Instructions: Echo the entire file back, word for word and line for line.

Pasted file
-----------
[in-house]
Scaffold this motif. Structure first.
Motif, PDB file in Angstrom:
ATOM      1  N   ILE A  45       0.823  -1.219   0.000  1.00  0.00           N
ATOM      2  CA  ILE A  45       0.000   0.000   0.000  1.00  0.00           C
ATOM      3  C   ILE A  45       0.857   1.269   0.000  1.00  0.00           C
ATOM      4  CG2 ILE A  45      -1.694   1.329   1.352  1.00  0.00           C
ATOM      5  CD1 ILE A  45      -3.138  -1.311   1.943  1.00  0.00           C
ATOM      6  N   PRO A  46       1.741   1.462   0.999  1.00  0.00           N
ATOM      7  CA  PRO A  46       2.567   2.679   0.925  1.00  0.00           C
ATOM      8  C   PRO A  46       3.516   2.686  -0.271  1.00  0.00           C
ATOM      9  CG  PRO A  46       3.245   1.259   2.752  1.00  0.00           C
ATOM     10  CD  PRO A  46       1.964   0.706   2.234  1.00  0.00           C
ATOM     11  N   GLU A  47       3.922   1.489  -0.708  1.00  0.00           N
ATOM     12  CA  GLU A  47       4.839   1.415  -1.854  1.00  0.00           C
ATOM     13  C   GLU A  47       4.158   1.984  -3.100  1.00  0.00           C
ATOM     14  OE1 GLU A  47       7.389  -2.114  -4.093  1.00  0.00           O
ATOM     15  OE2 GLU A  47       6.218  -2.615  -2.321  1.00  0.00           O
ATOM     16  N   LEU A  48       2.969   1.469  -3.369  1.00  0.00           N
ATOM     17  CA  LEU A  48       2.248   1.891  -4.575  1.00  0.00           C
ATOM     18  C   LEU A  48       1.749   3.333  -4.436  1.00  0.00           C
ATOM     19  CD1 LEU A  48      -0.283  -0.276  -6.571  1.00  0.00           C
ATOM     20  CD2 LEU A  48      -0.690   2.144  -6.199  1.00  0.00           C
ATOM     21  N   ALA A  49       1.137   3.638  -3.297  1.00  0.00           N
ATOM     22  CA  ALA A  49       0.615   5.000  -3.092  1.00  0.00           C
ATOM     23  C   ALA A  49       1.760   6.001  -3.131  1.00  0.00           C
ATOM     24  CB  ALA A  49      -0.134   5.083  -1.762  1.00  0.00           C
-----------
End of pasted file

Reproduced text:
[in-house]
Scaffold this motif. Structure first.
Motif, PDB file in Angstrom:
ATOM      1  N   ILE A  45       0.823  -1.219   0.000  1.00  0.00           N
ATOM      2  CA  ILE A  45       0.000   0.000   0.000  1.00  0.00           C
ATOM      3  C   ILE A  45       0.857   1.269   0.000  1.00  0.00           C
ATOM      4  CG2 ILE A  45      -1.694   1.329   1.352  1.00  0.00           C
ATOM      5  CD1 ILE A  45      -3.138  -1.311   1.943  1.00  0.00           C
ATOM      6  N   PRO A  46       1.741   1.462   0.999  1.00  0.00           N
ATOM      7  CA  PRO A  46       2.567   2.679   0.925  1.00  0.00           C
ATOM      8  C   PRO A  46       3.516   2.686  -0.271  1.00  0.00           C
ATOM      9  CG  PRO A  46       3.245   1.259   2.752  1.00  0.00           C
ATOM     10  CD  PRO A  46       1.964   0.706   2.234  1.00  0.00           C
ATOM     11  N   GLU A  47       3.922   1.489  -0.708  1.00  0.00           N
ATOM     12  CA  GLU A  47       4.839   1.415  -1.854  1.00  0.00           C
ATOM     13  C   GLU A  47       4.158   1.984  -3.100  1.00  0.00           C
ATOM     14  OE1 GLU A  47       7.389  -2.114  -4.093  1.00  0.00           O
ATOM     15  OE2 GLU A  47       6.218  -2.615  -2.321  1.00  0.00           O
ATOM     16  N   LEU A  48       2.969   1.469  -3.369  1.00  0.00           N
ATOM     17  CA  LEU A  48       2.248   1.891  -4.575  1.00  0.00           C
ATOM     18  C   LEU A  48       1.749   3.333  -4.436  1.00  0.00           C
ATOM     19  CD1 LEU A  48      -0.283  -0.276  -6.571  1.00  0.00           C
ATOM     20  CD2 LEU A  48      -0.690   2.144  -6.199  1.00  0.00           C
ATOM     21  N   ALA A  49       1.137   3.638  -3.297  1.00  0.00           N
ATOM     22  CA  ALA A  49       0.615   5.000  -3.092  1.00  0.00           C
ATOM     23  C   ALA A  49       1.760   6.001  -3.131  1.00  0.00           C
ATOM     24  CB  ALA A  49      -0.134   5.083  -1.762  1.00  0.00           C